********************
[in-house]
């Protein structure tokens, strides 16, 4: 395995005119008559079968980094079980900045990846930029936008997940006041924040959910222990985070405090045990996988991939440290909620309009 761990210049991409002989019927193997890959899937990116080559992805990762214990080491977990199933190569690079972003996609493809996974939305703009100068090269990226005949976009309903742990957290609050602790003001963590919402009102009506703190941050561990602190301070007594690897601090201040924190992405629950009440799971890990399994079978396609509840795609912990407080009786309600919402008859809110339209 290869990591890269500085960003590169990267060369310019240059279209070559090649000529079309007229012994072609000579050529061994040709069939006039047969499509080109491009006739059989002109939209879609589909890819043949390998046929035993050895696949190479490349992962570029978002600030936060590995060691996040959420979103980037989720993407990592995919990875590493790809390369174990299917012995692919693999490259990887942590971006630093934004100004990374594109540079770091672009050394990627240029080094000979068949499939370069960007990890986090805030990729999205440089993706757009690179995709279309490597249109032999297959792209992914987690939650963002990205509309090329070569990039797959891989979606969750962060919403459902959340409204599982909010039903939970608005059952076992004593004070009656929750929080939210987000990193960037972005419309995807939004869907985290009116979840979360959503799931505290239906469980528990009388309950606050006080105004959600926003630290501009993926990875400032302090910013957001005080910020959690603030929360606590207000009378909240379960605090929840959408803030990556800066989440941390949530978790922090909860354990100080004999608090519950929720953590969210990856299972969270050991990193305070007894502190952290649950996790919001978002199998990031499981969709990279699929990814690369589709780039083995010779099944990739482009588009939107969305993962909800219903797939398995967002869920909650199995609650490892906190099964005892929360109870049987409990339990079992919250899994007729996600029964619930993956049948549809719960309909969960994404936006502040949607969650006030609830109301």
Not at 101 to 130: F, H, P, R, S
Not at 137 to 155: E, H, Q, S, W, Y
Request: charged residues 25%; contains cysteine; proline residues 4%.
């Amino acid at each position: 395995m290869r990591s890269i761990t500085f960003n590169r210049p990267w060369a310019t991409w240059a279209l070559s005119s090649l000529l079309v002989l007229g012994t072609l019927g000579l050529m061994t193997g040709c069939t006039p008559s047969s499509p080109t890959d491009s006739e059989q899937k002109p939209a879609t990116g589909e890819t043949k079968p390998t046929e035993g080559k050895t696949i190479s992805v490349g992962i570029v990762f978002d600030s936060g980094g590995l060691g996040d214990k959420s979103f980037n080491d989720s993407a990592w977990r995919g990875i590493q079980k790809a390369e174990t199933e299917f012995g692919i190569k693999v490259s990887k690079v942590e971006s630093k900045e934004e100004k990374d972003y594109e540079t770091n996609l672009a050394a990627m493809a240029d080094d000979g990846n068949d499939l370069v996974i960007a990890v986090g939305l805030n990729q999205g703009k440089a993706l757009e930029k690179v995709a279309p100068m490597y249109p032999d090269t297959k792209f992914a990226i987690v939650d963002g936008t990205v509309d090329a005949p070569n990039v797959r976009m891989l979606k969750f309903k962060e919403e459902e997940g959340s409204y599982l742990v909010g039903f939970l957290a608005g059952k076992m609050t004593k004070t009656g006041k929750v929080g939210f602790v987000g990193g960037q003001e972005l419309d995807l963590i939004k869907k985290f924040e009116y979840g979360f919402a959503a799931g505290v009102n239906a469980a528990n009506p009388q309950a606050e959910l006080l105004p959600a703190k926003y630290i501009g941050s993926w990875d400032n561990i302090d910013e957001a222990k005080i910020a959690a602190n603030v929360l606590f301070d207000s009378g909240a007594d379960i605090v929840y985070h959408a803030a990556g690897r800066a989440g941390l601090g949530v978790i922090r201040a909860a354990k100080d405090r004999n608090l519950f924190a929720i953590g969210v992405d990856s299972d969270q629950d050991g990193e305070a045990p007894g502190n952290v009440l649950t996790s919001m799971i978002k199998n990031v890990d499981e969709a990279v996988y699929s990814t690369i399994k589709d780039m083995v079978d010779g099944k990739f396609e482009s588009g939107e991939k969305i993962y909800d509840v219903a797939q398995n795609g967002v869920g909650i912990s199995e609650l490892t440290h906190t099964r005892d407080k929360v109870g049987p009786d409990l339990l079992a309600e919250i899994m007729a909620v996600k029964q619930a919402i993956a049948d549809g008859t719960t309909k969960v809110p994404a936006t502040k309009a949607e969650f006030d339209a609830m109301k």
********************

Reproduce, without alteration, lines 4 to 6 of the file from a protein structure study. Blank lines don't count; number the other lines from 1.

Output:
Not at 137 to 155: E, H, Q, S, W, Y
Request: charged residues 25%; contains cysteine; proline residues 4%.
């Amino acid at each position: 395995m290869r990591s890269i761990t500085f960003n590169r210049p990267w060369a310019t991409w240059a279209l070559s005119s090649l000529l079309v002989l007229g012994t072609l019927g000579l050529m061994t193997g040709c069939t006039p008559s047969s499509p080109t890959d491009s006739e059989q899937k002109p939209a879609t990116g589909e890819t043949k079968p390998t046929e035993g080559k050895t696949i190479s992805v490349g992962i570029v990762f978002d600030s936060g980094g590995l060691g996040d214990k959420s979103f980037n080491d989720s993407a990592w977990r995919g990875i590493q079980k790809a390369e174990t199933e299917f012995g692919i190569k693999v490259s990887k690079v942590e971006s630093k900045e934004e100004k990374d972003y594109e540079t770091n996609l672009a050394a990627m493809a240029d080094d000979g990846n068949d499939l370069v996974i960007a990890v986090g939305l805030n990729q999205g703009k440089a993706l757009e930029k690179v995709a279309p100068m490597y249109p032999d090269t297959k792209f992914a990226i987690v939650d963002g936008t990205v509309d090329a005949p070569n990039v797959r976009m891989l979606k969750f309903k962060e919403e459902e997940g959340s409204y599982l742990v909010g039903f939970l957290a608005g059952k076992m609050t004593k004070t009656g006041k929750v929080g939210f602790v987000g990193g960037q003001e972005l419309d995807l963590i939004k869907k985290f924040e009116y979840g979360f919402a959503a799931g505290v009102n239906a469980a528990n009506p009388q309950a606050e959910l006080l105004p959600a703190k926003y630290i501009g941050s993926w990875d400032n561990i302090d910013e957001a222990k005080i910020a959690a602190n603030v929360l606590f301070d207000s009378g909240a007594d379960i605090v929840y985070h959408a803030a990556g690897r800066a989440g941390l601090g949530v978790i922090r201040a909860a354990k100080d405090r004999n608090l519950f924190a929720i953590g969210v992405d990856s299972d969270q629950d050991g990193e305070a045990p007894g502190n952290v009440l649950t996790s919001m799971i978002k199998n990031v890990d499981e969709a990279v996988y699929s990814t690369i399994k589709d780039m083995v079978d010779g099944k990739f396609e482009s588009g939107e991939k969305i993962y909800d509840v219903a797939q398995n795609g967002v869920g909650i912990s199995e609650l490892t440290h906190t099964r005892d407080k929360v109870g049987p009786d409990l339990l079992a309600e919250i899994m007729a909620v996600k029964q619930a919402i993956a049948d549809g008859t719960t309909k969960v809110p994404a936006t502040k309009a949607e969650f006030d339209a609830m109301k």